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Pogačar will have to be at his best to beat Vingegaard, but revenge has likely been on his mind ever since the finale of last year’s race. You’d be a fool to write him off.

=1. Jonas Vingegaard

  • Team: Jumbo-Visma
  • Tour experience: Winner in 2022, runner-up in 2021
  • 2023 results: 1st with three stage wins at O Gran Camiño, 3rd at Paris-Nice, 1st with three stage wins at Itzulia Basque Country, 1st with two stage wins at Critérium du Dauphiné

Jonas Vingegaard

With Pogačar out of racing sight and more out of mind for much of the build-up to the Tour, Jonas Vingegaard was the focal point for rivals and observers alike with his strength and ease. They’re so closely-matched, we’ve put the pair in equal first.

After a three-week altitude camp at Sierra Nevada, he passed his last test at the Critérium du Dauphiné with flying colours, winning a brace of stages and the overall, with the biggest winning margin since Charly Mottet in 1987. As if that wasn’t enough, after the race the defending champion indicated he can still improve.

Back in March, Pogačar got the better of Vingegaard at Paris-Nice . Both he and Pogačar have similar remarkable win rates this year but of course the Tour de France is the one that counts above all others. The form book and results suggest it’ll be their duel for glory. All roads lead to Bilbao and a renewal of hostilities between the two titans of the 2022 edition.

3. Jai Hindley

  • Team: Bora-Hansgrohe
  • Tour experience: none
  • 2023 results: 16th at Tour Down Under, 32nd at Cadel Evans Race, 13th at Volta ao Algarve, 32nd at Ardèche Classic, 53rd at Drôme Classic, 15th at Tirreno-Adriatico, 8th at Volta a Catalunya, 12th at Amstel Gold Race, 83rd at Liège-Bastogne-Liège, 4th at Critérium du Dauphiné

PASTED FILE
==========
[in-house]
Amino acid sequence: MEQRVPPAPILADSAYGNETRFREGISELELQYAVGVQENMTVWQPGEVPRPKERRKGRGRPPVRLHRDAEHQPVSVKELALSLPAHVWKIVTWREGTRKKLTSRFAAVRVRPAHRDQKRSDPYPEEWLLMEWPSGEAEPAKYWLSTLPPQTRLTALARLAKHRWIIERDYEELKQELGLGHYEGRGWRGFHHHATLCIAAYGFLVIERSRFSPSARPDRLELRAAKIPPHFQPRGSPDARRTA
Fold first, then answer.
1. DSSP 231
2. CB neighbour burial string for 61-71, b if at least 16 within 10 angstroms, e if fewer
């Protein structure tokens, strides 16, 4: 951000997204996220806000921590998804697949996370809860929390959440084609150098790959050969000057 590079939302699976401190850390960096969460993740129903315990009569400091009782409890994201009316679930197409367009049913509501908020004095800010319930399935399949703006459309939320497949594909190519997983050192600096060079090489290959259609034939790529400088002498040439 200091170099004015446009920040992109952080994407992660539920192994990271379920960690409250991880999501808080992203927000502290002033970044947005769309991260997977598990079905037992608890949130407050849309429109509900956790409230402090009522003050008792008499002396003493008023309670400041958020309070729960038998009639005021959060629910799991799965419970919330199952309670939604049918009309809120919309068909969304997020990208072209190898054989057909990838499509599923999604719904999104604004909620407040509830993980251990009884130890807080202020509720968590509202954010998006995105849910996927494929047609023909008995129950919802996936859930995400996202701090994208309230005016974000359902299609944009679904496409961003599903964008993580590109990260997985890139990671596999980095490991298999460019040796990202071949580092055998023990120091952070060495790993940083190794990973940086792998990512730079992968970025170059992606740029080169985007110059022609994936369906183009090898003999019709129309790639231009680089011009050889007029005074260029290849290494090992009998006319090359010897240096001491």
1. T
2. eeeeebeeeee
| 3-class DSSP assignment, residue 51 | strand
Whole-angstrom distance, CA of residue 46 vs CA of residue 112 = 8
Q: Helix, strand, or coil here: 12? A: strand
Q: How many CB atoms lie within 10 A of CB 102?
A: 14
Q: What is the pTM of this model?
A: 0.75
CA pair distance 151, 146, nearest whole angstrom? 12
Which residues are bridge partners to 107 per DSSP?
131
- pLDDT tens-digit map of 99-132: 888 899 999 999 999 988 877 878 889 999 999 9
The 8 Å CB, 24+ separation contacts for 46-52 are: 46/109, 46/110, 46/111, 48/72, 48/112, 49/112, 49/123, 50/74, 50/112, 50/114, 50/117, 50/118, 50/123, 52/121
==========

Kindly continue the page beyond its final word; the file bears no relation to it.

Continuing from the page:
Jai Hindley in action at the Dauphine, with a performance that positioned him as a contender for the Tour

Hindley’s season has shifted up a gear at the perfect time. Following finishes on the fringes at Catalunya and the Amstel Gold Race, he was among the strongest at the Critérium du Dauphiné .

Consistency on the climbs at this mini Tour de France was complemented by one of the best time trial rides of his career, laying the foundations for fourth overall.

With Vingegaard and Pogačar looking like a cut above the rest, it is likely to be a fierce scrap for the third step of the podium. Tour debutant Hindley will have to get through the hubbub of the first week unscathed, but the 2022 Giro d’Italia winner appears to be in pole position to be the best of the rest.

4. Mikel Landa

  • Team: Bahrain-Victorious
  • Tour experience: Five appearances, 4th in 2017 and 2020
  • 2023 results: 7th at Volta Valenciana, 2nd at Ruta del Sol, 7th at Tirreno-Adriatico, 5th at Volta a Catalunya, 2nd at Itzulia Basque Country, 3rd at Flèche Wallonne, DNF at Liège-Bastogne-Liège, 22nd at Critérium du Dauphiné

Mikel Landa

We’ve been accustomed to Landa lighting up spring stage races, showing his face at Tirreno-Adriatico , the Volta a Catalunya and Itzulia. His steady run of stage race contention, however, came to an end at the Dauphiné with a particularly poor showing in the time trial. The experienced Basque knows what he’s doing and acknowledged he wasn’t in the best shape before the race. Not ideal, but he’s still on course for a high finish at a TT-light Tour de France.

5. David Gaudu

  • Team: Groupama-FDJ
  • Tour experience: Five appearances, 4th overall in 2022
  • 2023 results: 7th at Tour du Var, 2nd at Ardèche Classic, 4th at Drôme Classic, 2nd at Paris-Nice, 4th at Itzulia Basque Country, DNF at Amstel, Flèche and Liège, 30th at Critérium du Dauphiné

David Gaudu was subdued at the Dauphine, but is still a contender for the Tour de France

Gaudu was off the pace at the Critérium du Dauphiné in the mountains and against the clock. To boot, he copped social media abuse after a few stages. There’s no cause for panic after one poor performance for France’s big hope.

His spring campaign was strong, finishing next best to Tadej Pogačar at Paris-Nice. It also bears remembering that, though he won a stage, Gaudu wasn’t in the frame at last year’s Dauphiné GC either, and that preceded a career-best result.

6. Enric Mas (crashed out on stage 1)

  • Team: Movistar
  • Tour experience: Four appearances, 5th in 2020, 6th in 2021